Basic research in the sciences has been crucial to United States leadership in both technology and science. It typically offers little if any immediate economic or social benefit, so private industry has not historically been the major source of funding for most basic research. Such research typically occurs in university contexts, or sometimes industrial contexts largely supported by government funding, especially if the research has any potential for military applications.
Although those familiar with me know that Fox News is not a source I trust for objective news, I have chosen it as the source for this next specific piece of information simply to forestall its outright, knee-jerk dismissal by archconservatives that citing a liberal source has previously and reliably provoked. In an article addressing one factor in the erosion of scientific know-how in the U.S., Fox News cites a scary statistic regarding the potential degradation of our scientific and technological leadership in the world. Fully one out of five scientists is seriously considering leaving the country to avoid the premature demise of their careers for lack of funding. It is a sad scenario. We fund their education, then we watch them go down the proverbial drain as far as U.S. scientific and technological leadership is concerned. Despite the recent budget compromise, which has only offered token relief on this issue, this problem persists.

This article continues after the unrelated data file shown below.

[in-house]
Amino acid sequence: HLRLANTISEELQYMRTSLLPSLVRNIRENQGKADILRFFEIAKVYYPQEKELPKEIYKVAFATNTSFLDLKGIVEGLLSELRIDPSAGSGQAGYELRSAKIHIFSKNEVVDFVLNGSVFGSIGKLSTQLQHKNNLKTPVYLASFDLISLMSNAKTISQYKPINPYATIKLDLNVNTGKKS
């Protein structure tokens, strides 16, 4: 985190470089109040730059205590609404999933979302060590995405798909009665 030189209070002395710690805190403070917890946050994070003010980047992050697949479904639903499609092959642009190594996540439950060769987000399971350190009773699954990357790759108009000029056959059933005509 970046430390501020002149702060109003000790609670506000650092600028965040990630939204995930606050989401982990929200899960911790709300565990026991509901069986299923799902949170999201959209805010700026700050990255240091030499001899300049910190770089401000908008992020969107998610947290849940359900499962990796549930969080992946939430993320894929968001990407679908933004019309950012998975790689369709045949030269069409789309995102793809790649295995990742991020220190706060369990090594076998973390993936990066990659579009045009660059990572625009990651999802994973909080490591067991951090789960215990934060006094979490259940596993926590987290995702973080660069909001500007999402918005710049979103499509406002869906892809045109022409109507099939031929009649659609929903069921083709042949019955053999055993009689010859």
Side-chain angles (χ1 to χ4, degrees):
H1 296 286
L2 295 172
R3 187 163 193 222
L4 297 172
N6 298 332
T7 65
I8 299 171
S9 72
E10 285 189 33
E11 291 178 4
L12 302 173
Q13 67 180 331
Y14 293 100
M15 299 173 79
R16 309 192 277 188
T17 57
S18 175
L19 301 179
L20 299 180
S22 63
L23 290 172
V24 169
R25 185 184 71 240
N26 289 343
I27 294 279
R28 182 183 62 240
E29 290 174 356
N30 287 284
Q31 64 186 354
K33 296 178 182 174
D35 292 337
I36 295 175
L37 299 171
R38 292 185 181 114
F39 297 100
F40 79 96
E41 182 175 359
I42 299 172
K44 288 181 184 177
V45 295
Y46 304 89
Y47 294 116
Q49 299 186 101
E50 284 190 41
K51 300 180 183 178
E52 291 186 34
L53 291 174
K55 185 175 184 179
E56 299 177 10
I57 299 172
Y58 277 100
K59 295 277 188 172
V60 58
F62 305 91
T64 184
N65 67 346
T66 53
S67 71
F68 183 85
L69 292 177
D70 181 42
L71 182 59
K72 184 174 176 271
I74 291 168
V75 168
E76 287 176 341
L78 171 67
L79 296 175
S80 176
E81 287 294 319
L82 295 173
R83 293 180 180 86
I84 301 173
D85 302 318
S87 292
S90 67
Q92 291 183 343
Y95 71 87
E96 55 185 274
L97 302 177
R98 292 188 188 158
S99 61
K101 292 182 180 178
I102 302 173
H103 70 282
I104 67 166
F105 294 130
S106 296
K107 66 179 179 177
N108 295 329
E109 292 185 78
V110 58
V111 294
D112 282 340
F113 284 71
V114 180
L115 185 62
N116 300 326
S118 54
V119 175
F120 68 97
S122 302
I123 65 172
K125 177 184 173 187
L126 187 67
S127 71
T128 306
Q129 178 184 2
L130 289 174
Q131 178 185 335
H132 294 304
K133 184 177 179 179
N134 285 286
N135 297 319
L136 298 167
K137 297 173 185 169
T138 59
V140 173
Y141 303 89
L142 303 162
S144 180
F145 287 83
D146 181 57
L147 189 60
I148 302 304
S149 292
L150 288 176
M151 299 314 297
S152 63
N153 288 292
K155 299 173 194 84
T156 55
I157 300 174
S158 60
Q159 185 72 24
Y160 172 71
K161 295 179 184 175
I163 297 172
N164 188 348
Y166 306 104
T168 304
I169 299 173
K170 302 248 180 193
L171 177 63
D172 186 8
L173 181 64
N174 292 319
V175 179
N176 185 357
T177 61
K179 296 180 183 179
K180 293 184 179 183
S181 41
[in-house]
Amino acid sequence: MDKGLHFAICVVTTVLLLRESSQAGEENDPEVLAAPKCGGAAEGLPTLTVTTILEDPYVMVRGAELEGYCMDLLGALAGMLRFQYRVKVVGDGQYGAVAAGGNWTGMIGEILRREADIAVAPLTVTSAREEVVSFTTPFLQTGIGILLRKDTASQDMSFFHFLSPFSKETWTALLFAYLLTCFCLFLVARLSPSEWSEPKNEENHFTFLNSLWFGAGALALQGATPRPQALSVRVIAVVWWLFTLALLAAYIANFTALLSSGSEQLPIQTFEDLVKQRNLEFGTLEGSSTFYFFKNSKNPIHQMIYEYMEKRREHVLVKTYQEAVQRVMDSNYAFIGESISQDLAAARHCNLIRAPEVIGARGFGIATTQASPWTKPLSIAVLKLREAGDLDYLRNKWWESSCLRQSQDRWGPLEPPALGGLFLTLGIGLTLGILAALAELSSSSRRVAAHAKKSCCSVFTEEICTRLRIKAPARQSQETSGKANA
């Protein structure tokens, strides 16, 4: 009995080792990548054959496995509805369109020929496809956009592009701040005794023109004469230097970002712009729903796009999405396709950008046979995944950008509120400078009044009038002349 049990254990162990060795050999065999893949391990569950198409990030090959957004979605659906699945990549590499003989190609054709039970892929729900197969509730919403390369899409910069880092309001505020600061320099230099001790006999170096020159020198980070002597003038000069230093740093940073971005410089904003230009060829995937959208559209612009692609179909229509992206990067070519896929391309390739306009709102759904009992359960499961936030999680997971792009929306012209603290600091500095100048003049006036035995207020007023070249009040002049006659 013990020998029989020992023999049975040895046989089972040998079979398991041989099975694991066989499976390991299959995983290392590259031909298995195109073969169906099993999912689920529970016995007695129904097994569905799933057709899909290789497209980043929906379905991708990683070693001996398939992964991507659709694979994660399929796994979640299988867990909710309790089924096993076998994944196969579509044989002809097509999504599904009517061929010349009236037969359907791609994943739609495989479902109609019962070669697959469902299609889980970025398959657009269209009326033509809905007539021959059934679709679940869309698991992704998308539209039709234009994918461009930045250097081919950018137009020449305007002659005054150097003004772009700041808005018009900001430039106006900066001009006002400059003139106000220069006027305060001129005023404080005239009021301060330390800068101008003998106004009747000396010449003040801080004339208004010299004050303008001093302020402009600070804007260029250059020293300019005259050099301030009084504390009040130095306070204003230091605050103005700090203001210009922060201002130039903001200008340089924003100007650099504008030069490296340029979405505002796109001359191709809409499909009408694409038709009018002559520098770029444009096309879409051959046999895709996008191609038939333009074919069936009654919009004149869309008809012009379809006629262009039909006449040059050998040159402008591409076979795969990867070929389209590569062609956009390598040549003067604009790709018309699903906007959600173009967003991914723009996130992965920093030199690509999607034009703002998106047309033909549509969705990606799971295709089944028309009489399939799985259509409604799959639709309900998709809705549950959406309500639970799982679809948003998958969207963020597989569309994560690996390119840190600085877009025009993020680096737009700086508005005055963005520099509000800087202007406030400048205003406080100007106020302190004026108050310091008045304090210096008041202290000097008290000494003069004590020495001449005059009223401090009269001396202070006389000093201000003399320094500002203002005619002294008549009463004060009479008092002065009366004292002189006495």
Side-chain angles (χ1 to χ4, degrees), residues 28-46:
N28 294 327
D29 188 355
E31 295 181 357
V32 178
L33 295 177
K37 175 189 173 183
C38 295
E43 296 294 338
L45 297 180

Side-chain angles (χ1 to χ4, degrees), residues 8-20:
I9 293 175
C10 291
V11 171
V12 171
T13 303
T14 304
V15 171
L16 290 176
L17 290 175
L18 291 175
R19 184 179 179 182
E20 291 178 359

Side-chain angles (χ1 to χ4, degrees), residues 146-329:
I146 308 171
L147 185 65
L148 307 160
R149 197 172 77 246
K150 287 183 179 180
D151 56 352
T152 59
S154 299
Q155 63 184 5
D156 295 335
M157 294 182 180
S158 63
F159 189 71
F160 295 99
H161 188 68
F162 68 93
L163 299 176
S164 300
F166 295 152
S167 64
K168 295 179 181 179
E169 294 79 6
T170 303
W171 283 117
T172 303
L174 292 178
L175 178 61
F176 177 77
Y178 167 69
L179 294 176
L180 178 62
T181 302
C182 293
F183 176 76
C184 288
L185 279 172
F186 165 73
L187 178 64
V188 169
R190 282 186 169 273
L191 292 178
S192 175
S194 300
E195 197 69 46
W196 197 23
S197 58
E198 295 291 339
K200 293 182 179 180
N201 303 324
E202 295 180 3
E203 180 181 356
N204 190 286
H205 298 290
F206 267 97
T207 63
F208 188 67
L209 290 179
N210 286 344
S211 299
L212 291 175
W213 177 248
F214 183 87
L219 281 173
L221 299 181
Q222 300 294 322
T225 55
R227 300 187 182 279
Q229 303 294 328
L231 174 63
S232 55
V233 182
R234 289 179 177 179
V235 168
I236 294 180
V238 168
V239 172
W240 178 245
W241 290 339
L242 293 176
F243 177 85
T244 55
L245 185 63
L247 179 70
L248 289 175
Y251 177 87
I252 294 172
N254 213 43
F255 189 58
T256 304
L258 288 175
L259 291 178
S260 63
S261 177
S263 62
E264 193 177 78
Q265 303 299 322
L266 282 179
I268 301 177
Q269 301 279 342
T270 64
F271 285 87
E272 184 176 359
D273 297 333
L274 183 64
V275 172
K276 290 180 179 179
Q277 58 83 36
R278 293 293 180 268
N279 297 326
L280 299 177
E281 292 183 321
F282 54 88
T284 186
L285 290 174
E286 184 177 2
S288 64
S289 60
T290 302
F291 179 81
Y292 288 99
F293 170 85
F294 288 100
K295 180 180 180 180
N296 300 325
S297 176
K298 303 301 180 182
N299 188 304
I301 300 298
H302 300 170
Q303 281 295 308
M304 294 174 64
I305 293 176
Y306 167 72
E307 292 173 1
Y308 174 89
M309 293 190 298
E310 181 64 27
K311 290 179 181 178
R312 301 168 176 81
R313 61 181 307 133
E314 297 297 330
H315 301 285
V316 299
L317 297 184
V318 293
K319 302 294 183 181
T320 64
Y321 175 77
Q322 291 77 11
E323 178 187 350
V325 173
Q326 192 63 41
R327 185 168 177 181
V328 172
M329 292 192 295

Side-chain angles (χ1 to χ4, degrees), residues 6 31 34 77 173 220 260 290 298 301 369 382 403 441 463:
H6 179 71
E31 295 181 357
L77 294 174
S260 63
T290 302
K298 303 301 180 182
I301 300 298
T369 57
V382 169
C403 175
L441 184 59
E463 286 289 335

For those who have trouble understanding the fundamental economic value of leadership in basic research, there are many very telling examples in our relatively recent past. Although the following example does not lead to any obvious economic or social benefit on its face, neither did going to the moon. Nevertheless, the positive economic fallout of the latter has been enormous, an explanation of which follows. The economic principles involved without even claiming an economic or social benefit are clearly illustrated in the example below.